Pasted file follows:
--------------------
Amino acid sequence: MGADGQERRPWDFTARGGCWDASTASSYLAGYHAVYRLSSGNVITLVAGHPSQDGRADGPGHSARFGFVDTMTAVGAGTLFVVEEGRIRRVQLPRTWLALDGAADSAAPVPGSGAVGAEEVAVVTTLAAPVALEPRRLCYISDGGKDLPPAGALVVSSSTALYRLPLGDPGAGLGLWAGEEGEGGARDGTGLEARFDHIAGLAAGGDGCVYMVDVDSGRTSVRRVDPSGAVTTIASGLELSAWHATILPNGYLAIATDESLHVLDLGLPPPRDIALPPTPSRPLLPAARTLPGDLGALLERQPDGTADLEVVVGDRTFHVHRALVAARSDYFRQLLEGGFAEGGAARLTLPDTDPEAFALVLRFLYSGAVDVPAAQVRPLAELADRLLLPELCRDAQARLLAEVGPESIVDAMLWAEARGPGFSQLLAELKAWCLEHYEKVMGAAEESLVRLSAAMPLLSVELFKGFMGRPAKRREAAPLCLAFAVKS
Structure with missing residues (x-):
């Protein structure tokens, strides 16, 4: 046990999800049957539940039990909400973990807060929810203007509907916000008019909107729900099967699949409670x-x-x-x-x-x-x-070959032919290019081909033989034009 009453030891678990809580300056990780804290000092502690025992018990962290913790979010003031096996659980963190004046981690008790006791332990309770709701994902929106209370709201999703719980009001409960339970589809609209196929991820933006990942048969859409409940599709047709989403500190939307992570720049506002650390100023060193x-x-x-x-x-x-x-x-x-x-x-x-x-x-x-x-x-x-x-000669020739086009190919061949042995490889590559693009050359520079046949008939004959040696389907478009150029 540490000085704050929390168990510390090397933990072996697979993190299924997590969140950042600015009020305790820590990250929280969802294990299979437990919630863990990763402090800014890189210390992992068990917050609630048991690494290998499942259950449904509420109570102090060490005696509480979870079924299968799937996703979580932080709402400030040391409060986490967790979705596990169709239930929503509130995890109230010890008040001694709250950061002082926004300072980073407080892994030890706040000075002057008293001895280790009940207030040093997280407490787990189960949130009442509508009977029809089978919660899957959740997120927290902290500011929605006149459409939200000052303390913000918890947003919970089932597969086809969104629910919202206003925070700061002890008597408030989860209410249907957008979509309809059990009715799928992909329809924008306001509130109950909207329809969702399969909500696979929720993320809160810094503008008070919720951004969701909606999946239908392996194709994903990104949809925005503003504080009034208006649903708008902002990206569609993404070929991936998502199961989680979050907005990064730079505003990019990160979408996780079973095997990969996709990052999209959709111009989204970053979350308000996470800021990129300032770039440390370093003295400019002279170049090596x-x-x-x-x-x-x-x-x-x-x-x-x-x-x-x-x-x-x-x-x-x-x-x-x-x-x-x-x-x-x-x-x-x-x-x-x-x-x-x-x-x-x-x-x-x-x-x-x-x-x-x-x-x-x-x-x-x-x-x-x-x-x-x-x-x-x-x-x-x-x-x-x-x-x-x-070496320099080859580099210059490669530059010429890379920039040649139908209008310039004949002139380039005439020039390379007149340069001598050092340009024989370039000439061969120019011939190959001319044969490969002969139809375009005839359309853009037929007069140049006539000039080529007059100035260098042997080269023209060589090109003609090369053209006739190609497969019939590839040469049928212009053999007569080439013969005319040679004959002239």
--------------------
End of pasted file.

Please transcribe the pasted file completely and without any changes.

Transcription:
Amino acid sequence: MGADGQERRPWDFTARGGCWDASTASSYLAGYHAVYRLSSGNVITLVAGHPSQDGRADGPGHSARFGFVDTMTAVGAGTLFVVEEGRIRRVQLPRTWLALDGAADSAAPVPGSGAVGAEEVAVVTTLAAPVALEPRRLCYISDGGKDLPPAGALVVSSSTALYRLPLGDPGAGLGLWAGEEGEGGARDGTGLEARFDHIAGLAAGGDGCVYMVDVDSGRTSVRRVDPSGAVTTIASGLELSAWHATILPNGYLAIATDESLHVLDLGLPPPRDIALPPTPSRPLLPAARTLPGDLGALLERQPDGTADLEVVVGDRTFHVHRALVAARSDYFRQLLEGGFAEGGAARLTLPDTDPEAFALVLRFLYSGAVDVPAAQVRPLAELADRLLLPELCRDAQARLLAEVGPESIVDAMLWAEARGPGFSQLLAELKAWCLEHYEKVMGAAEESLVRLSAAMPLLSVELFKGFMGRPAKRREAAPLCLAFAVKS
Structure with missing residues (x-):
């Protein structure tokens, strides 16, 4: 046990999800049957539940039990909400973990807060929810203007509907916000008019909107729900099967699949409670x-x-x-x-x-x-x-070959032919290019081909033989034009 009453030891678990809580300056990780804290000092502690025992018990962290913790979010003031096996659980963190004046981690008790006791332990309770709701994902929106209370709201999703719980009001409960339970589809609209196929991820933006990942048969859409409940599709047709989403500190939307992570720049506002650390100023060193x-x-x-x-x-x-x-x-x-x-x-x-x-x-x-x-x-x-x-000669020739086009190919061949042995490889590559693009050359520079046949008939004959040696389907478009150029 540490000085704050929390168990510390090397933990072996697979993190299924997590969140950042600015009020305790820590990250929280969802294990299979437990919630863990990763402090800014890189210390992992068990917050609630048991690494290998499942259950449904509420109570102090060490005696509480979870079924299968799937996703979580932080709402400030040391409060986490967790979705596990169709239930929503509130995890109230010890008040001694709250950061002082926004300072980073407080892994030890706040000075002057008293001895280790009940207030040093997280407490787990189960949130009442509508009977029809089978919660899957959740997120927290902290500011929605006149459409939200000052303390913000918890947003919970089932597969086809969104629910919202206003925070700061002890008597408030989860209410249907957008979509309809059990009715799928992909329809924008306001509130109950909207329809969702399969909500696979929720993320809160810094503008008070919720951004969701909606999946239908392996194709994903990104949809925005503003504080009034208006649903708008902002990206569609993404070929991936998502199961989680979050907005990064730079505003990019990160979408996780079973095997990969996709990052999209959709111009989204970053979350308000996470800021990129300032770039440390370093003295400019002279170049090596x-x-x-x-x-x-x-x-x-x-x-x-x-x-x-x-x-x-x-x-x-x-x-x-x-x-x-x-x-x-x-x-x-x-x-x-x-x-x-x-x-x-x-x-x-x-x-x-x-x-x-x-x-x-x-x-x-x-x-x-x-x-x-x-x-x-x-x-x-x-x-x-x-x-x-x-070496320099080859580099210059490669530059010429890379920039040649139908209008310039004949002139380039005439020039390379007149340069001598050092340009024989370039000439061969120019011939190959001319044969490969002969139809375009005839359309853009037929007069140049006539000039080529007059100035260098042997080269023209060589090109003609090369053209006739190609497969019939590839040469049928212009053999007569080439013969005319040679004959002239």